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Why Astros' acquisition of Ken Giles was shocking on many levels

CLEARWATER, Fla. -- There's only one way to describe the Houston Astros' biggest trade of the winter.

What we had here was, well, the kind of deal you would never expect the Houston Astros to make.

Let's digest this for a moment. A team powered by new-age data traded five players for a relief pitcher (plus a 17-year-old shortstop prospect)? And one of those five players was a guy (Mark Appel) they once took with the No. 1 pick in the draft as recently as 2013?

When this deal was announced last winter, we had this image in our head: hard drives bursting into flames from coast to coast, as number-crunchers everywhere launched into an emergency attempt to reprogram their algorithms for calculating the modern-day value of a late-inning reliever. But meanwhile ...

It turned out this wasn't just a trade that shocked the sabermetrics fans out there. It was a trade that also shocked the relief pitcher in the middle of it -- a rising star named Ken Giles.

"I didn't feel like I was all that valuable," Giles admitted the other day. "I thought I might be like a 2-for-1, two-high-prospects kind of guy. So I feel honored that I was viewed as that valuable to a team."

And well he should, because in its own way, this was a bigger honor than winning the Mariano Rivera award. Or possibly the Nobel Prize in Physics. And if you can hang in there for a minute, we'll get back to why this guy was probably worth every name the Astros dropped into the transactions column to get him.

But before we delve into that, we need to take a journey inside the mindset of the team that traded for him.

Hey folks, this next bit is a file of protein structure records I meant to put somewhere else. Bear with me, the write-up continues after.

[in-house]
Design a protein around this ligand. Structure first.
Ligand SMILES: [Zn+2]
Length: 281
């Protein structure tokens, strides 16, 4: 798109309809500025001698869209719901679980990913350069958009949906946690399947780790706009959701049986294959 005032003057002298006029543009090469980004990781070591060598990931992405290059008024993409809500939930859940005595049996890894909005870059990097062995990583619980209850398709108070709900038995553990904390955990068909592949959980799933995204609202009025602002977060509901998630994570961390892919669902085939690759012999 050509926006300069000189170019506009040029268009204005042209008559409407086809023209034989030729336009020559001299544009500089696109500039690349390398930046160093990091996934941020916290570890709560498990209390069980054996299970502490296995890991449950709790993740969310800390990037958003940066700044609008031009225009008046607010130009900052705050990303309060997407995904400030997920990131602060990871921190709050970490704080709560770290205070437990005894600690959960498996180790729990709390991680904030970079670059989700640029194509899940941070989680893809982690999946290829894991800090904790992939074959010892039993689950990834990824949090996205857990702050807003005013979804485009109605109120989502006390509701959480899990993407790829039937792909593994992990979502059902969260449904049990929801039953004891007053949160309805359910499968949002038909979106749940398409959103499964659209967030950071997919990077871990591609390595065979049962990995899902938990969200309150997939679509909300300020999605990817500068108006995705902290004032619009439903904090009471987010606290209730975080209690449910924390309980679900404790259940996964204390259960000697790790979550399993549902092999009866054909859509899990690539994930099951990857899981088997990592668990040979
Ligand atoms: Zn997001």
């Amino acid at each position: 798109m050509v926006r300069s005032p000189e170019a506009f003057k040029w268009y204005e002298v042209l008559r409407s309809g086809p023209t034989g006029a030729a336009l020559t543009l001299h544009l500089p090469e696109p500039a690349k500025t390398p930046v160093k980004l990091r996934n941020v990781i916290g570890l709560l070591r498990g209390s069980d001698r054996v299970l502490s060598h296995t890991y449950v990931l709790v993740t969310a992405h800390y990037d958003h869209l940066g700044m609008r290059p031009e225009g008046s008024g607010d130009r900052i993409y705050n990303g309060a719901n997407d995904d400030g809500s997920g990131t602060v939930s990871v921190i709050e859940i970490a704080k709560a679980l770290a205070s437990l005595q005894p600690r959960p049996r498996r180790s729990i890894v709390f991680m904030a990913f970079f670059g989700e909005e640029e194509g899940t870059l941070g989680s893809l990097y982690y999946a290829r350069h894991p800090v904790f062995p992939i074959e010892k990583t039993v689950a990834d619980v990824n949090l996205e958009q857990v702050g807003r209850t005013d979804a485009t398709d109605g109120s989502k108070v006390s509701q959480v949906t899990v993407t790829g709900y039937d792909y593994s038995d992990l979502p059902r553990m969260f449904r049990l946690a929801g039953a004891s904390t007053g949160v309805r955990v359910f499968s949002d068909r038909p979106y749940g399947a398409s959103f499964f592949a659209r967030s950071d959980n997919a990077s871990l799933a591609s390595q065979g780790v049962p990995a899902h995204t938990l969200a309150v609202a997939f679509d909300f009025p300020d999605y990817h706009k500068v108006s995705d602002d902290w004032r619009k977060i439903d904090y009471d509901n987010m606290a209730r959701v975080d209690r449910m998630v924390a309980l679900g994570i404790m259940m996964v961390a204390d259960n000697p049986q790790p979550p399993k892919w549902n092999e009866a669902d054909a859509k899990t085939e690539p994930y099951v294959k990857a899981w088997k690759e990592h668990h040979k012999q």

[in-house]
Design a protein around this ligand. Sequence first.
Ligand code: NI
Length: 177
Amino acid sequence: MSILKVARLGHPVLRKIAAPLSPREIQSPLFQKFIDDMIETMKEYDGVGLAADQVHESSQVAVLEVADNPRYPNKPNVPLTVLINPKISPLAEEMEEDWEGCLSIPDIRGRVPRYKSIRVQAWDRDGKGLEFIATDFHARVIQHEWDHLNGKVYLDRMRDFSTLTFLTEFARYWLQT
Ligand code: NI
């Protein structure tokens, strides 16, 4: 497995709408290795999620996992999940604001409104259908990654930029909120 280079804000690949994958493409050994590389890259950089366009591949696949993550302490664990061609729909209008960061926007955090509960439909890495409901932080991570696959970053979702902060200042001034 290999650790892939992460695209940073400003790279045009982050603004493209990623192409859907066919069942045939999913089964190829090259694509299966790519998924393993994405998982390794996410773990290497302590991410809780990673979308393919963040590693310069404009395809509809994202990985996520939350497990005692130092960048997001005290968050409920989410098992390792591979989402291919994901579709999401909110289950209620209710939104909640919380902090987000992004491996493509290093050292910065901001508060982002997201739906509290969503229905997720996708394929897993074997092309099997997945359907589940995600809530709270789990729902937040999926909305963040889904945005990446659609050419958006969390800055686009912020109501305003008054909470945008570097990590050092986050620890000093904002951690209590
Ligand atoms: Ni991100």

Remember when Jeff Luhnow first landed in Houston in 2011, as the general manager of the Astros? He proudly recalls now that one of his missions then was quickly trading away "everybody who was remotely considered a closer."

So out the door, in the first few months of the Luhnow administration, went Brandon Lyon, Brett Myers and Mark Melancon. For a team that was about to lose 310 games over the next three years, they were commodities with way less significance than, say, Orbit, the local mascot.

But even on a more general level, Luhnow was a man who basically viewed "the closer" as a position with about the same level of stability and predictability as "the popcorn vendor." And he wasn't alone, especially among the data-inclined portion of the population.

"I think part of the reason that philosophy exists," he said, "is that we've seen throughout history, over these last 20-30 years, that oftentimes, a reliever will get 20 to 30 saves one year, and have a really low ERA and really help the team. And then the next year, they're out of the closer's role two months into the season. And I think that's because of the small sample size and how hard that role is. So you can't really rely on it as much as you can a position player."

Facts! For more evidence, Luhnow invited us to check out the list of closers from just a couple of years back and look at what has become of them. So we did. It was quite illuminating.

We found 19 relievers who saved at least 30 games in 2013. Exactly one of them (Glen Perkins in Minnesota) is still closing for the same team. Only four others are still the closer for any team. But seven are either hurt or out of baseball entirely. So ... get the point?